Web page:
The Gift Thieves: Interpreting a Scandal in Early Modern Venice
This is the third post in a series by Jesse Hysell, one of this year’s AHA Today blog contest winners. His posts examine material exchanges between Venice and Egypt in the early modern period. Previous Posts include: Cultural Encounters and Material Exchanges in the Venetian Archives and The Politics of Pepper: Deciphering a Venetian-Mamluk Gift Exchange
My last post examined how diplomatic gift exchange between Venice and Cairo in the early modern period enabled communication and cooperation between their rulers. As I continued my research into these practices, my findings led me to confront an inevitable question: What happened to ambassadorial gifts after they had changed hands?
The sultan’s court in Egypt followed a carefully arranged protocol for the distribution of foreign presents and tributes, assigning objects to every leading member of the regime. In Venice, unlike in Cairo, strict legal provisions concerning the receipt of gifts by public officials stipulated that diplomatic presents be auctioned off, with proceeds going into the state coffers. Such laws aimed to prevent bribery of elected officials and to discourage corruption in statecraft. It is ironic, however, that in at least one instance, rather than instilling respect for the republic’s austere moral image, the regulations instead made Venetian politicians eager to seize gifts as soon as possible in order to try to prevent them from making it to the auction block. In my research, I have suggested that studying gift exchanges and reception customs allows for a better understanding of the collective identities of these two regimes. Yet looking at problems in reception practices is also worthwhile because they can reveal the precarious nature of the exchange process and the fragility of the public image that the governments sought to project.
Looking for details on public gift auctioning in Venice, I initially relied on materials at the Archivio di Stato di Venezia, which possesses the records of the Venetian Senate (Senato) and other governmental bodies that managed the republic in this era. These collections include a vast documentary body of deliberations on a wide variety of topics, consisting not only of discussions of weighty political matters, but also of domestic affairs and even of scandalous moments that stirred the city.
There, I found a brief mention of an incident concerning the arrival of a shipment of diplomatic gifts from Egypt in the registers of the senate’s deliberations in 1515. On March 7 of that year, the senate decreed that the officials who had taken any of the recently arrived gifts from the sultan must immediately return them so they could be sold at public auction for the benefit of the state. Anyone subsequently discovered to have kept a diplomatic gift in his possession would face a heavy fine and, undoubtedly, infamy in the eyes of the populace.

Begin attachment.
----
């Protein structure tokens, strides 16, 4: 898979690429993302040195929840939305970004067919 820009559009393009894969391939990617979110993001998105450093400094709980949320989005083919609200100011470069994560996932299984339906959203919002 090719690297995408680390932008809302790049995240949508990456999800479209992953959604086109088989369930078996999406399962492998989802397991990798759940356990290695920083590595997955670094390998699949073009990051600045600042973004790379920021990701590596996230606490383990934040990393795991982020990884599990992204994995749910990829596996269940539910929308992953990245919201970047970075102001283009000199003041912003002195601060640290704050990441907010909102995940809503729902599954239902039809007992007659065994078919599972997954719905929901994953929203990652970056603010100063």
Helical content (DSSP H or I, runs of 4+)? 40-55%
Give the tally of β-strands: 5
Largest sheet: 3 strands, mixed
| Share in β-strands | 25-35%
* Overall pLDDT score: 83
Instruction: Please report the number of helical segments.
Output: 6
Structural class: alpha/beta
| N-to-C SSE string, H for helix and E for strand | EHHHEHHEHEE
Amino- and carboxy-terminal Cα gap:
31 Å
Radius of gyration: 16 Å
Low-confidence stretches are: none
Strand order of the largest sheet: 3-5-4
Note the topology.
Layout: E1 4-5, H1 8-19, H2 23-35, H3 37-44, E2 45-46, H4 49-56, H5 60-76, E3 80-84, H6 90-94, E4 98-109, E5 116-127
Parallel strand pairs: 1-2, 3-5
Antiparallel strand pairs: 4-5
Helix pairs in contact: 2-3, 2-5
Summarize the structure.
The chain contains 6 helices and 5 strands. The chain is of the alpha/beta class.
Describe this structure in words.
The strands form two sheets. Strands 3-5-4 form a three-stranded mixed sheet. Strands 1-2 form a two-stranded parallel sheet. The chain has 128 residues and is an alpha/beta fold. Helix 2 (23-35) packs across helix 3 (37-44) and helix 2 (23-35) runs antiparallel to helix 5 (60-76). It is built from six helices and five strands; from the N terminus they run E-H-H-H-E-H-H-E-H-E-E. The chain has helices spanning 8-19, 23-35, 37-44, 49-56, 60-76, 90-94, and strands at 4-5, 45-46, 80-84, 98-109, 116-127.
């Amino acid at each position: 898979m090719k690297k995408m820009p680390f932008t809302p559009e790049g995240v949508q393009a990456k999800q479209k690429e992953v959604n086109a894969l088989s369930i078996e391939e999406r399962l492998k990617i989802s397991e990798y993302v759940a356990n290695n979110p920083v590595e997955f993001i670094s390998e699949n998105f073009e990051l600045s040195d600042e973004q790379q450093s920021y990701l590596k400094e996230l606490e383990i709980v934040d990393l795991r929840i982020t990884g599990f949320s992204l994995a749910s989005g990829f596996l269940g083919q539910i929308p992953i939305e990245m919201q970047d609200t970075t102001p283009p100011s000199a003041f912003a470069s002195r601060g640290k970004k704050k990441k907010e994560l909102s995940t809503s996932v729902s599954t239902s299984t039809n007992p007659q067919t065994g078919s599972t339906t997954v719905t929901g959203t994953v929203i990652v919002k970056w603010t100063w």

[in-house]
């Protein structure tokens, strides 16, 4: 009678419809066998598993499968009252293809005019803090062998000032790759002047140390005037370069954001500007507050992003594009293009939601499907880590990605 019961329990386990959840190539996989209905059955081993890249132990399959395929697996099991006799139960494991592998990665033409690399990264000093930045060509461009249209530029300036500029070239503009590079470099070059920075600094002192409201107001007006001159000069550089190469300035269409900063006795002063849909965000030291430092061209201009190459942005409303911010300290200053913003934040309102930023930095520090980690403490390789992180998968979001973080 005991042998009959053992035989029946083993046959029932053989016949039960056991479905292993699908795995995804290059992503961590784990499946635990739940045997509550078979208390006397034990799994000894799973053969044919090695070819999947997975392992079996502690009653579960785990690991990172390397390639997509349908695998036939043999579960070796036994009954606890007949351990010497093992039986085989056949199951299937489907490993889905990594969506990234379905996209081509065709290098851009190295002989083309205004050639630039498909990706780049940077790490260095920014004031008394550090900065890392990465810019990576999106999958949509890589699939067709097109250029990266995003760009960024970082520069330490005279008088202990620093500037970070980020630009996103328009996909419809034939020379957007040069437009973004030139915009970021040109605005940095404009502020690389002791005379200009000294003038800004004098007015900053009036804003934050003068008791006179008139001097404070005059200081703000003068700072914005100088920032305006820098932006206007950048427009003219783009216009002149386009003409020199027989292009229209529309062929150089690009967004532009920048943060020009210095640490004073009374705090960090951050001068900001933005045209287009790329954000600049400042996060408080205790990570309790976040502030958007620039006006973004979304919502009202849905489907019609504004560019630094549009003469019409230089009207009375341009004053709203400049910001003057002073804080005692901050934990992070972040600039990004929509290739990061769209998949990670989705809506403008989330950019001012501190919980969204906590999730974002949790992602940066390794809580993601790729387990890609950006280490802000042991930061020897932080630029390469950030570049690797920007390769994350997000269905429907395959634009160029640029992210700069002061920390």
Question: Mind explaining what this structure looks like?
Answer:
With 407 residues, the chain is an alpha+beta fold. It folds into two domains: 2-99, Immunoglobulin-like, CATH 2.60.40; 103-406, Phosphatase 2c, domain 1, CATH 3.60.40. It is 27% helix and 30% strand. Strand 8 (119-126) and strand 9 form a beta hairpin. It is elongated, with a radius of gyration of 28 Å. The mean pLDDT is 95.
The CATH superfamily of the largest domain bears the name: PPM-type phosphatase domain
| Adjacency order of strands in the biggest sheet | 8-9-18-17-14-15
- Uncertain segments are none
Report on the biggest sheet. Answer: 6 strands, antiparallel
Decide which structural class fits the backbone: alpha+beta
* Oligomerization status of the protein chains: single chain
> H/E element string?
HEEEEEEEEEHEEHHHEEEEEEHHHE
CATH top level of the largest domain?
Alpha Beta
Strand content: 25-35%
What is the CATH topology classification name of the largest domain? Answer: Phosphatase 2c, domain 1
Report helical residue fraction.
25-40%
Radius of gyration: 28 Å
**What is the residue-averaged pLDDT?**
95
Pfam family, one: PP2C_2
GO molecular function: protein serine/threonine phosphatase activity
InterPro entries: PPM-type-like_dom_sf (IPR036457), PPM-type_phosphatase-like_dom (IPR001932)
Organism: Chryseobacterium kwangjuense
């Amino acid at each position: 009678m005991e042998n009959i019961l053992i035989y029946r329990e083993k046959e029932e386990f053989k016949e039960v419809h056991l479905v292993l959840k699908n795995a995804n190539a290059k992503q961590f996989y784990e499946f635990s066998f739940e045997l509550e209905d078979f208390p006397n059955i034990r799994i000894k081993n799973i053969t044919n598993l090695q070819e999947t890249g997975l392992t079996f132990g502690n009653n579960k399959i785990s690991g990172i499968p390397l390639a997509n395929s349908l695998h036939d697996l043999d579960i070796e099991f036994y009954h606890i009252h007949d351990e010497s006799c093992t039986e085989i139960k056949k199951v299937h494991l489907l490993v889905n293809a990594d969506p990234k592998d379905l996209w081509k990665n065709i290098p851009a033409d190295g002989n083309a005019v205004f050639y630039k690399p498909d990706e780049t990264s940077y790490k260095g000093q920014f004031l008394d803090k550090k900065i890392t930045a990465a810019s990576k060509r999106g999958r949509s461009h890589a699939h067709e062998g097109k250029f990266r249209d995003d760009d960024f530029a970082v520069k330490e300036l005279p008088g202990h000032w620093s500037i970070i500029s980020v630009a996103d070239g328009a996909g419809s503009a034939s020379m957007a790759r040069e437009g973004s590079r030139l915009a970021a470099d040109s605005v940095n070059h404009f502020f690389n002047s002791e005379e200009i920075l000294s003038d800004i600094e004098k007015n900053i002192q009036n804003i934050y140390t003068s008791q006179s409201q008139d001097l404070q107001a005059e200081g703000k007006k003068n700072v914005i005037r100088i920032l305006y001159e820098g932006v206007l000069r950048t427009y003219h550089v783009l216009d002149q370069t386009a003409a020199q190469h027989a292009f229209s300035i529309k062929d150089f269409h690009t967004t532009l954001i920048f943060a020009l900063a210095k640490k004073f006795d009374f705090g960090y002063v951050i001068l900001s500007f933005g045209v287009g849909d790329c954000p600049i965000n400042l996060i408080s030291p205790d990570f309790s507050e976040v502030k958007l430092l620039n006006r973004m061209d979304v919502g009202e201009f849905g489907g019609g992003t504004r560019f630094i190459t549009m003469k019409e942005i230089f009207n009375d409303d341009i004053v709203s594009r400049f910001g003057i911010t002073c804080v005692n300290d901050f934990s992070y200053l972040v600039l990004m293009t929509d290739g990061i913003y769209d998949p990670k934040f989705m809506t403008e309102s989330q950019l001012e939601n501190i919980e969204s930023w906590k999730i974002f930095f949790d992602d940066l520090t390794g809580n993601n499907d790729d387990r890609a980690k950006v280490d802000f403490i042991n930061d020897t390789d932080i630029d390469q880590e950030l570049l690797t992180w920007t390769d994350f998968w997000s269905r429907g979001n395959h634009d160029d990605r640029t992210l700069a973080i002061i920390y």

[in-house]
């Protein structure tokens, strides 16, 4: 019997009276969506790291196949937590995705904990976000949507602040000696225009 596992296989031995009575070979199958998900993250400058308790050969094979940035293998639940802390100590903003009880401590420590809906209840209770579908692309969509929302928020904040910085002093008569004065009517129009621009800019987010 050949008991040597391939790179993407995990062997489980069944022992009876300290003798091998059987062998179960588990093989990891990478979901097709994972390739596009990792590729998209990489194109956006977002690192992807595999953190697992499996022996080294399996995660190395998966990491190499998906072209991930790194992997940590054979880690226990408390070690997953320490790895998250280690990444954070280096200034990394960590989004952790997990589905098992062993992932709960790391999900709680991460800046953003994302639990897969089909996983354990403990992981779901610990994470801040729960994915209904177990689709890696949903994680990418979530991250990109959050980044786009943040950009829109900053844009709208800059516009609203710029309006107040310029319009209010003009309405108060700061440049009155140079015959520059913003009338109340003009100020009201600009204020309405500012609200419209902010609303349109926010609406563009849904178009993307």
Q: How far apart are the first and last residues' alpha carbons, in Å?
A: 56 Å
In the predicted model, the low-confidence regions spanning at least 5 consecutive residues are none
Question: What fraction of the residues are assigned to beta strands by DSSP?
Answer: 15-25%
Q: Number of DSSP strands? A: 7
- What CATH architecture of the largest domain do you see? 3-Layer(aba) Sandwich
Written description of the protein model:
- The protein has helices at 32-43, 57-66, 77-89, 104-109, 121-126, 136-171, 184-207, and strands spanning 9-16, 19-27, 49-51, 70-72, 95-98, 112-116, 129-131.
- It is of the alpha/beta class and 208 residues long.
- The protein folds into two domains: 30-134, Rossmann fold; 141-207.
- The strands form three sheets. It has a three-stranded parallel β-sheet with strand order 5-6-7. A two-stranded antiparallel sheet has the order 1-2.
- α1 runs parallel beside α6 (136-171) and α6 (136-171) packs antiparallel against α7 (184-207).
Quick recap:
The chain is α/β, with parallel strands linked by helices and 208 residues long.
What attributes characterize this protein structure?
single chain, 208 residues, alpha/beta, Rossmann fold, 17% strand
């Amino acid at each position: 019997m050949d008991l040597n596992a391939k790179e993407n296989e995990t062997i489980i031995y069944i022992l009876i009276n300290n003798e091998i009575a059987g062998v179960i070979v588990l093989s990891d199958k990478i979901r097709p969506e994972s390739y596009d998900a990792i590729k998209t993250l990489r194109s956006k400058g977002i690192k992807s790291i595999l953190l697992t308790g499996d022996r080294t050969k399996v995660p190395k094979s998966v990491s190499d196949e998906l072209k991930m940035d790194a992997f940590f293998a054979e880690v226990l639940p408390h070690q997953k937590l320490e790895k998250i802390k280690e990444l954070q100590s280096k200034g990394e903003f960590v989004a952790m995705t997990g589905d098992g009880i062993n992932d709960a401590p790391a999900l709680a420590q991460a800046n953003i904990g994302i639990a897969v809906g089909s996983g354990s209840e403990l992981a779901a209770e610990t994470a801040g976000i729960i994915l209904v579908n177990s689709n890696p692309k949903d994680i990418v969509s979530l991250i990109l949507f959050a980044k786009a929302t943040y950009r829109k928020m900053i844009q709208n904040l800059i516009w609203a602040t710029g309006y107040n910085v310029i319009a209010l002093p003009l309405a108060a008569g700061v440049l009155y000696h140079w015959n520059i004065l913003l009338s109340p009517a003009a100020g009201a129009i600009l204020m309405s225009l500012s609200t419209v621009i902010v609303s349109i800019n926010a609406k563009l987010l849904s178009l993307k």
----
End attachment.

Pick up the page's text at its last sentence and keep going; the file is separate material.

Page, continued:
Frequently, the process of historical inquiry is a winding path, and more often than not one finds a trace clue in the archives that leads to more information elsewhere. Unable to locate further details on this event in governmental records, I turned to the diarist Marin Sanudo. A Venetian patrician who kept a meticulous journal between the years 1493 and 1533, Sanudo is an extremely valuable source for the study of the early modern Mediterranean. His set of diaries, edited by Rinaldo Fulin in the 19th century and available at the Archivio de Stato’s research library, is incredibly thorough, and in edited form consists of 58 published volumes.
Sure enough, the diary entries for March 1515 filled in the gaps of this strange debacle: Sanudo reported that when the boxes containing the sultan’s presents arrived in the ducal palace, they were quickly opened and ransacked by Doge Leonardo Loredan himself and his councilors. According to the diarist, Loredan managed to abscond with a horn of civet musk while his colleagues seized porcelains, cloth, robes, and even a horse saddle. In other words, the republic’s august leaders had brazenly made off with whatever they could get their hands on in open violation of the law, and in the very heart of the republic. Sanudo, with characteristic chagrin, noted that the affair had greatly scandalized the good people of Venice.
The differences between reception practices in Venice and Cairo reveal the two powers’ attempts at fashioning a collective self-image. While both wrapped themselves in the symbolism afforded by precious objects and rituals, they did so to different ends. The Mamluk Sultanate, which presented itself to its subjects and to the world as a disciplined militaristic regime, upheld a tightly scripted protocol in which the disbursement of presents tacitly recognized the hierarchical order of their empire. Conversely, the Venetian government sought to use the reception of presents to bolster the image of the state as an incorruptible and serene republic in which individual interests were secondary to the common good.
As the episode of gift thievery in the ducal palace in 1515 shows, however, this mythology of a virtuous and selfless political elite in Venice was precisely that—a myth, which like any human invention, could succumb to weaknesses such as greed, allowing the stately veil to slip. It would therefore be very useful to know if similar breakdowns in gift-giving practices occurred across the Mediterranean at the other end of the exchange. Although I know of no such examples at present, I hope to find some information on how well gift-receiving practices functioned in the sultan’s court in the future. Whatever the case may be, if word of the ransacking of the sultan’s gifts or the practice of public auction ever arrived in Cairo, I have to wonder whether the Mamluk court met this scandalous news about the Venetians with amusement or offense.
This post first appeared on AHA Today.
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